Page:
Asanko Gold Mines lo­cated in Manso Nkran in Manso Adu­bia District of Ashanti Re­gion ,is one of the largest gold min­ing com­pa­nies in Ghana. It is cur­rently pro­duc­ing.

East of Manso Adu­bia District is Aman­sie Cen­tral District. Obuasi is the ma­jor min­ing com­mu­nity in the area. Min­ing in the hilly town of Obuasi pre­dates Ghana’s in­de­pen­dence. Bounded by large rocks, the town aptly earned the ep­i­thet the “Gold City.” Min­ing is the main­stay of the com­mu­nity. Though an agrar­ian com­mu­nity, farm­ing is not done on a large scale in the mu­nic­i­pal­ity.

Obuasi is syn­ony­mous with gold min­ing and it is as­so­ci­ated with all the trills and frills that come with the huge pres­ence of ex­pa­tri­ates. Night life used to be in­tense in the com­mu­nity, I was told. One of Ghana’s largest gold­mines, the An­glo Gold Asante (AGA) or Obuasi Mines is sit­u­ated in the area.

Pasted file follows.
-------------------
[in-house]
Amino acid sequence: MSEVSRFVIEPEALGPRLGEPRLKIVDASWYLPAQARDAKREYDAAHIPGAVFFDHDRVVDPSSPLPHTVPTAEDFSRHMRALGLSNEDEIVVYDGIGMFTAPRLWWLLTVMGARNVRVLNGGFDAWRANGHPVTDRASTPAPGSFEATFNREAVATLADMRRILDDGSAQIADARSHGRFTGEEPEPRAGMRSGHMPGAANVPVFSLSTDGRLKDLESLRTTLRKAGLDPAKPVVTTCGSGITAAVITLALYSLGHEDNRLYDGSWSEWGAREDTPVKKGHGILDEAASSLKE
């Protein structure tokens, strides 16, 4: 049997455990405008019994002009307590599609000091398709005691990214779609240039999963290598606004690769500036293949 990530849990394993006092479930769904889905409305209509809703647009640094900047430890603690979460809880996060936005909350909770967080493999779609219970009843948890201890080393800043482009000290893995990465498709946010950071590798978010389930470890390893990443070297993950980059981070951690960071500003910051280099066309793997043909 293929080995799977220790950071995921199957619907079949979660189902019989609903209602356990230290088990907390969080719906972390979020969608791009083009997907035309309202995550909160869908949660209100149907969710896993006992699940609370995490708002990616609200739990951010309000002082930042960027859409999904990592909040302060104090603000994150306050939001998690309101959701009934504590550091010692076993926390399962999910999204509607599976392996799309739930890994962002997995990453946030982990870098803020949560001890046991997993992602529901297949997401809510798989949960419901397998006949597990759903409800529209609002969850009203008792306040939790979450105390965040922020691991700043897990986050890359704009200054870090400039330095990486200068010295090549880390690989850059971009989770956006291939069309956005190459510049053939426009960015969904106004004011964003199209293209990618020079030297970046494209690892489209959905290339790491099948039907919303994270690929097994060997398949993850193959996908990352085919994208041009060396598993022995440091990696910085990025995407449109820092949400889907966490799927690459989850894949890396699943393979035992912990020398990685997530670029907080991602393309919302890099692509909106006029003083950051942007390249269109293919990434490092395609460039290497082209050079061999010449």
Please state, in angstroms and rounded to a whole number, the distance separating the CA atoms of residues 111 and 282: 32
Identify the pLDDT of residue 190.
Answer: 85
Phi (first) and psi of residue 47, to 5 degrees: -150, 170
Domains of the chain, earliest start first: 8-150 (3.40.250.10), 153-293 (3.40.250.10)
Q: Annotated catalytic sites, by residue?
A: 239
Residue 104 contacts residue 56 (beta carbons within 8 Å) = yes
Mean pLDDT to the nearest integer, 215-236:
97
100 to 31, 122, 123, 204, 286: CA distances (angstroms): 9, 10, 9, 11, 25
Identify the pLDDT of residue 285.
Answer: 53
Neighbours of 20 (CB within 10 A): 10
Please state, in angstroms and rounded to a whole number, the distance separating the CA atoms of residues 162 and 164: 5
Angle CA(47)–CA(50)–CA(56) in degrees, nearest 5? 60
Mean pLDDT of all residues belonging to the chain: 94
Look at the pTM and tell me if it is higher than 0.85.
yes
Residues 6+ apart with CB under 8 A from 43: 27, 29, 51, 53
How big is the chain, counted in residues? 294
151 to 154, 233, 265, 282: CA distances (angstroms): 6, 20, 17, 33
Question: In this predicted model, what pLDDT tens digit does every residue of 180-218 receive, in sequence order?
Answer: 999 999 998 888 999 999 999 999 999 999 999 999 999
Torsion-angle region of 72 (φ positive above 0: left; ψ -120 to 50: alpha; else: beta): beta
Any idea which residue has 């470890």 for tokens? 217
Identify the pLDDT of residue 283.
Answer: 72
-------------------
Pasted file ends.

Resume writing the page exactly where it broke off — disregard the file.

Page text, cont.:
Ac­cord­ing to the Sus­tain­abil­ity Man­ager of An­glo Gold Asante, Mr. Nana Amopofo Bekoe, the com­pany has been op­er­at­ing in Ghana since 2004 ,and has in­vested over a bil­lion dol­lars in the Obuasi port­fo­lio. But since 2014 it has stopped pro­duc­ing gold, be­cause of some re­claim­ing ex­er­cise still tak­ing place in the Mines, Bekoe in­di­cated.

Konongo is about 30 min­utes’ drive from Ku­masi. It is also a lead­ing player in the min­ing in­dus­try. Ow­erre Mines is sit­u­ated in the town.

An­glo Gold Asante, Asanko Gold and Ow­erre Mines can be cat­e­go­rized as the big play­ers in the in­dus­try. On the other side are the small scale le­gal min­ers. No­table among them are Gold Spear Ven­tures, Yabad Con­struc­tion, Naachuaa Quarry and Gran­ite Lim­ited.

One can­not ig­nore other op­er­a­tors, es­pe­cially the small scale min­ers. For in­stance, in Obuasi com­mu­nity alone, there are close to 20,000 li­censed small scale min­ers. They op­er­ate un­der


A worker at Ashanti Gold­field Com­pany’s big mine in Obuasi, Ghana VOA News

Another view of Manso Nkran

Manso Nkran, host vil­lage of Asanko Gold